(redirected from comparisons)
Also found in: Dictionary, Thesaurus, Legal, Financial, Encyclopedia.
Related to comparisons: Similes

(there's) no comparison

This person or thing is clearly and inarguably better than any other. This place serves the best pizza in town—no comparison! She might not be the most sociable person around, but when it comes to knowledge of classic literature, there's no comparison.
See also: comparison, no

pale by comparison

To seem less impressive when compared to someone or something else. All of my siblings are surgeons, so my art career always pales by comparison.
See also: by, comparison, pale

pale in comparison

To be or seem less important, impressive, or otherwise deficient when compared to someone or something else. The film was enjoyable, but it pales in comparison to the original. Though that issue is indeed serious, it pales in comparison with the threat of drug abuse that is tearing the country apart.
See also: comparison, pale

by comparison

When judged against something else. The film was enjoyable, but it pales by comparison to the 1975 original.
See also: by, comparison

in comparison

When judged against something else. Typically used in the phrase "pales in comparison." The film was enjoyable, but it pales in comparison to the 1975 original. Her writing is so strong that I feel like mine just pales in comparison.
See also: comparison

beyond comparison

Unequalled or peerless. I'm not surprised that Molly won a full scholarship to that prestigious university—her intelligence is beyond comparison.
See also: beyond, comparison

pale by comparison

 and pale in comparison
Fig. to appear to be deficient in comparison to something else. My work pales by comparison with yours. You are a real pro.
See also: by, comparison, pale

beyond comparison

Also, without comparison or beyond compare . Too superior to be compared, unrivaled, as in This view of the mountains is beyond comparison, or That bakery is without comparison. The first term, more common today than the much older variants, was first recorded in 1871. Without comparison goes back to 1340, and without compare to 1621.
See also: beyond, comparison

by comˈparison

(written) used especially at the beginning of a sentence when the next thing that is mentioned is compared with something in the previous sentence: By comparison, expenditure on education increased last year.
See also: by, comparison

by/in comparison (with somebody/something)

when compared with somebody/something: The second half of the game was dull by comparison with the first.The tallest buildings in London are small in comparison with New York’s skyscrapers.
See also: by, comparison

there’s no comˈparison

used when comparing two people or things to emphasize that one is much better, etc: ‘Who is the better player, Tom or Anna?’ ‘Anna is — there’s no comparison.’
See also: comparison, no

comparisons are odious

To draw an analogy is offensive; one cannot compare apples and oranges fairly. This term was already so well known in Shakespeare’s time that he was able to make a pun—more accurately a malapropism—on it and be sure it would be perfectly understood (“Comparisons are odorous,” says Dogberry in Much Ado about Nothing, 3.5). The earliest reference recorded is from about 1430, and there are equivalents in French, Italian, and numerous other languages.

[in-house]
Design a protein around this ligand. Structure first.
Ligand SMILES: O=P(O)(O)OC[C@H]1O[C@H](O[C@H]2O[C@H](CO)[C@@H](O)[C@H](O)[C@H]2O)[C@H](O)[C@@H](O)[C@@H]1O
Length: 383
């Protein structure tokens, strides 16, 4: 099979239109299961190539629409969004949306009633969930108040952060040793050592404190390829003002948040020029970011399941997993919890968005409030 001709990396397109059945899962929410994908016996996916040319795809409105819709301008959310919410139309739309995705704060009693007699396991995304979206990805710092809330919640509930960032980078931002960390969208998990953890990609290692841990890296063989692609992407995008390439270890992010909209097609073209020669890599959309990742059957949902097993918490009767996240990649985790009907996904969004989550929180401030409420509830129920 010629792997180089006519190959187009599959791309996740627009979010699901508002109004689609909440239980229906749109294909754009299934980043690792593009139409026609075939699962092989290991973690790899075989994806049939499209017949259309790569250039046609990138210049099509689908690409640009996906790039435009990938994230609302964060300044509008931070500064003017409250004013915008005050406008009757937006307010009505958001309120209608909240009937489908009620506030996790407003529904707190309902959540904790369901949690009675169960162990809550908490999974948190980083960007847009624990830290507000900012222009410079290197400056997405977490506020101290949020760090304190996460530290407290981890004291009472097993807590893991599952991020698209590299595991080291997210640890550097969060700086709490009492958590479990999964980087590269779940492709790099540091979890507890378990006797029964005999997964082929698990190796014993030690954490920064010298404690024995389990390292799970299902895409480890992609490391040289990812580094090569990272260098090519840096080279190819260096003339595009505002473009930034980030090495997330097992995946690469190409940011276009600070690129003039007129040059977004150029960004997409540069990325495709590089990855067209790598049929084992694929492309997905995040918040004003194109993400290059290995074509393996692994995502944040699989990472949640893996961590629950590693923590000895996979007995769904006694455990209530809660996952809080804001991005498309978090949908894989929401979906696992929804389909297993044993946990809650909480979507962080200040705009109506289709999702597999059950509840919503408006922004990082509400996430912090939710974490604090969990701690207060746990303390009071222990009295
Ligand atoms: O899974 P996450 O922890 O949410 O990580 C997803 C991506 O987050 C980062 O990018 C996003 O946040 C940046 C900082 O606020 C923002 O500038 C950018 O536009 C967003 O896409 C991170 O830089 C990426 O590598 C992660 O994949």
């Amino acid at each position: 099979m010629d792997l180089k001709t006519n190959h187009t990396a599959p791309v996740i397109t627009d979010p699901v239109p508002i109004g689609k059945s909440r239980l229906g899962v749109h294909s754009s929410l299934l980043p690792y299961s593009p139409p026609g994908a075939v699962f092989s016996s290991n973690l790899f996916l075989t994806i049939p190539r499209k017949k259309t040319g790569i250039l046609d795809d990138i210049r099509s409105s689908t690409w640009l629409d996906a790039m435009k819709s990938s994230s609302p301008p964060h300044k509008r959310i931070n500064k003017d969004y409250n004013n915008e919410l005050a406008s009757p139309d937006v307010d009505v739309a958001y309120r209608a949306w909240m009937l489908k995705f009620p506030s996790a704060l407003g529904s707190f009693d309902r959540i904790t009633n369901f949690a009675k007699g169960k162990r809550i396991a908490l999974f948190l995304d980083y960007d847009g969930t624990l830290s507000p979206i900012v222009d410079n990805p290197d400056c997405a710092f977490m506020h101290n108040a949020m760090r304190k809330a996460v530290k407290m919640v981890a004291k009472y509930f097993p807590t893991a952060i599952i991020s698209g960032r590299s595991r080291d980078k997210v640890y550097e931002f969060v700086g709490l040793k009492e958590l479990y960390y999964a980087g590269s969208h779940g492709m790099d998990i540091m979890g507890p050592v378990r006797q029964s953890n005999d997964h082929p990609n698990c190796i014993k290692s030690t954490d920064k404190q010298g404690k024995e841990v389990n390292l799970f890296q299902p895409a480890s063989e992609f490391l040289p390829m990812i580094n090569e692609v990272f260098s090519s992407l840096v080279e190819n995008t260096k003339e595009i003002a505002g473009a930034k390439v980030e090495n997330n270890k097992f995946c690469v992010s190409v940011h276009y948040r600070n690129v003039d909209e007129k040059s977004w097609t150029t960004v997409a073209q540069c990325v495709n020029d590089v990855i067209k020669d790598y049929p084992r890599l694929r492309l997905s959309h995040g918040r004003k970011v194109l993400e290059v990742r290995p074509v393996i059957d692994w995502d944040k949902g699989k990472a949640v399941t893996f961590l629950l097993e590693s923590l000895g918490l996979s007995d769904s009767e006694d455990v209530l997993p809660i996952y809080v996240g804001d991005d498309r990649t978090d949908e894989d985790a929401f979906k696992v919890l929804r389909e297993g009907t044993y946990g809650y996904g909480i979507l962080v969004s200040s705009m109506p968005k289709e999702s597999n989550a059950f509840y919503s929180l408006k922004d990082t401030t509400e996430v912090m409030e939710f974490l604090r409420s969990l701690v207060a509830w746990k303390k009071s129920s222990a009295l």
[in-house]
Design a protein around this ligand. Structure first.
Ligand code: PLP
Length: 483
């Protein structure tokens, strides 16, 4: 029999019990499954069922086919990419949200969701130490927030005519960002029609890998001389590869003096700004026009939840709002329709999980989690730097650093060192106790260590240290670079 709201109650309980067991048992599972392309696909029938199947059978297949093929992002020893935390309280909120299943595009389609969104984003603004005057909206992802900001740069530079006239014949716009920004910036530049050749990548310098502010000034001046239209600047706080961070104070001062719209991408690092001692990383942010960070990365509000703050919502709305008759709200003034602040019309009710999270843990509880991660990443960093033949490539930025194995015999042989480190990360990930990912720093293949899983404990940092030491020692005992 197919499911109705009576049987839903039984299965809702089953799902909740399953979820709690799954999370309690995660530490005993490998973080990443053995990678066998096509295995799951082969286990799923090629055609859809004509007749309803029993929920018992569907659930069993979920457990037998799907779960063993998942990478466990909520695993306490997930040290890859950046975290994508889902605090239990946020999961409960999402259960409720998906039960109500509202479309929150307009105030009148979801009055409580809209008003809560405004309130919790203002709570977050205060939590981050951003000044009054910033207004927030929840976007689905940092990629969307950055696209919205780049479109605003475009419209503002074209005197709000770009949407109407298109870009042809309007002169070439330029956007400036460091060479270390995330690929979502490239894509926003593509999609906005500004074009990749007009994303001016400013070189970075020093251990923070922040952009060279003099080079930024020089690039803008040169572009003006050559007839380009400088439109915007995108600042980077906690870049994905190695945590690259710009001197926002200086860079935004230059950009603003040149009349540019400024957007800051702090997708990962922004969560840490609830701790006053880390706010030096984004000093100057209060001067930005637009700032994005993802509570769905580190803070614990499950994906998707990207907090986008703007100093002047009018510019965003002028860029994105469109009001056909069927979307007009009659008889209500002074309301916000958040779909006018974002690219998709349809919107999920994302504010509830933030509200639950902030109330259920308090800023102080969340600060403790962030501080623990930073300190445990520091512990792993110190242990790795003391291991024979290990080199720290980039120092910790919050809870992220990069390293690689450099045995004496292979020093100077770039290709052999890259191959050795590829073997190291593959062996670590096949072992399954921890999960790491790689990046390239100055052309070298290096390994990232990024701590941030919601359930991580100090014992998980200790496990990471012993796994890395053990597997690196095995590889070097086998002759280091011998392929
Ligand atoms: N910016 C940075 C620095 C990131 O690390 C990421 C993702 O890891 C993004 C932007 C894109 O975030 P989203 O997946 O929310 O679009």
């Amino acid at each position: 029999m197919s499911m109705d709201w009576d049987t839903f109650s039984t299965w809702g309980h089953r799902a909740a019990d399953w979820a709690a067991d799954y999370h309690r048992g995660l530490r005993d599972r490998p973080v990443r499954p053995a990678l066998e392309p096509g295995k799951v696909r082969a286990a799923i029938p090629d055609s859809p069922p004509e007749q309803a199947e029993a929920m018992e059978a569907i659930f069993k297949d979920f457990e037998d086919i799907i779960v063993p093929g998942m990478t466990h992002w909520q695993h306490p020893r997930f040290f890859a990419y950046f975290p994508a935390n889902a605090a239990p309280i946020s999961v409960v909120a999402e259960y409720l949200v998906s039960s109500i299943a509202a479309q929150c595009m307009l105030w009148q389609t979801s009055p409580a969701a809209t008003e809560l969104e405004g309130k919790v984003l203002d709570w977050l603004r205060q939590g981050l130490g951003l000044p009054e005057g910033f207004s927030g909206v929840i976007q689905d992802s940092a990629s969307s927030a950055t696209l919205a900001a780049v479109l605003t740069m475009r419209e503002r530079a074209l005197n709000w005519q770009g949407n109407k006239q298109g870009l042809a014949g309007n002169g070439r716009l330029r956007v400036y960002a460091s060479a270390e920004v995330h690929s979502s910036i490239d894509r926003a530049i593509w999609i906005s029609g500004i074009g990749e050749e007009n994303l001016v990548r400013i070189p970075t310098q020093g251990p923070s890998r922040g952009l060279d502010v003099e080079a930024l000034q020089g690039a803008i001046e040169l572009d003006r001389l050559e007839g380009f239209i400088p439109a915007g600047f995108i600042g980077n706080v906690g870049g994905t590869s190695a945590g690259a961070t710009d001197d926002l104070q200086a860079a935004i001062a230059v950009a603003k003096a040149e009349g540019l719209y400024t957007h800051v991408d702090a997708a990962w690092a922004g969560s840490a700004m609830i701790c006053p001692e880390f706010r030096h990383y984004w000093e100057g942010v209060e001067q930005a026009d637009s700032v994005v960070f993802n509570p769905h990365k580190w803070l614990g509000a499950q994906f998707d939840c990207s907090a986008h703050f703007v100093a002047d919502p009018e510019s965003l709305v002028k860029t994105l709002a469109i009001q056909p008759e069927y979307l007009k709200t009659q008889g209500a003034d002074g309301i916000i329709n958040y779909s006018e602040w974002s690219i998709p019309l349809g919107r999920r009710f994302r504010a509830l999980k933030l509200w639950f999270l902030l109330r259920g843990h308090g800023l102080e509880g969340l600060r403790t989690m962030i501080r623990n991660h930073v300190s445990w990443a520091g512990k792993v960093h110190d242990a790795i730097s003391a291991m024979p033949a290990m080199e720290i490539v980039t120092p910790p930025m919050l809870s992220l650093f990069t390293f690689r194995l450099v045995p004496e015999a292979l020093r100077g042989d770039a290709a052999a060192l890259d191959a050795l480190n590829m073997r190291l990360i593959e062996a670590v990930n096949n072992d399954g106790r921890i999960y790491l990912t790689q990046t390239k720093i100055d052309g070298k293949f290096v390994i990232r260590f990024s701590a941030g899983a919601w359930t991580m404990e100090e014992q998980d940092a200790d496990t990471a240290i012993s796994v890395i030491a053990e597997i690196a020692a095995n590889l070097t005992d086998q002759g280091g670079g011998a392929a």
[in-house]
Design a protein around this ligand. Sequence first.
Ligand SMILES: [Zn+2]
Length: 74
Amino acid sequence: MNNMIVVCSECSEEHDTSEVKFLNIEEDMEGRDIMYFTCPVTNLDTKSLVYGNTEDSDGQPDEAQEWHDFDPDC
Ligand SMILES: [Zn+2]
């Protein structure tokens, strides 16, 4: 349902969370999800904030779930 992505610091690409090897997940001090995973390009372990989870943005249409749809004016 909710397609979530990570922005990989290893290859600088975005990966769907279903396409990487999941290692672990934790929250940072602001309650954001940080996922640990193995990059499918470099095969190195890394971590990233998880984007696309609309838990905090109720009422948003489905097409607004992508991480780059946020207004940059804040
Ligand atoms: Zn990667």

See also: comparison
References in periodicals archive ?
The given comparison matrix does not represent the whole decision-maker's thinking, and its imperfectness is embodied in inconsistency among the intuitively given comparisons, as well as fuzziness of each comparison.
The comparisons are inconsistent with each other since s/he compares an item several times intuitively.
We reasoned that employees who are oriented to engage in social comparisons at work--whether or not the social comparison is relevant to their work--will have low levels of job satisfaction.
Hypothesis 4: (a) Work-related and (b) work-unrelated social comparisons will be negatively related with job satisfaction.
Upward comparisons provide an interest in achievement or self-improvement (Major, Testa, & Bylsma, 1991; Taylor & Lobel, 1989; Wheeler & Miyake, 1992).
Low SCOs have a high level of self-certainty and are more individualistic and more likely to make upward comparisons (Gibbons & Buunk, 1999).
Theory and research concerning social comparisons of personal attributes.
Numerous studies (see Botta, 1999; Brodie, Slade & Riley, 1991; Lin & Kulik, 2002; Richins, 1991) including a meta analysis that incorporated 156 studies (Myers & Crowther, 2009) have identified social comparison (Festinger, 1954) as one of the most influential elements in the body image process.
Engaging in upward and downward comparisons as a determinant of relative deprivation at work: A longitudinal study.
In the last few decades, investigators' interest in the role of social comparison in people who face some kind of threat has increased progressively.
Comparison, in fact is a step to making good choices.
On his appointment, Mr Wilson said: "This role is a really exciting challenge for me - Comparison Creator has developed a great offering that is used by some of the leading businesses in the price comparison sector.
Thus, it appears that users view SNSs as idealized places to facilitate negative social comparison [19].
He further added, "Our most important finding was that participants who feel Facebook is an important part of their lives also report more symptoms, linking social comparison activity with the perception of worse physical health.
"From those, thousands have found a better deal on their broadband using our online comparison tool.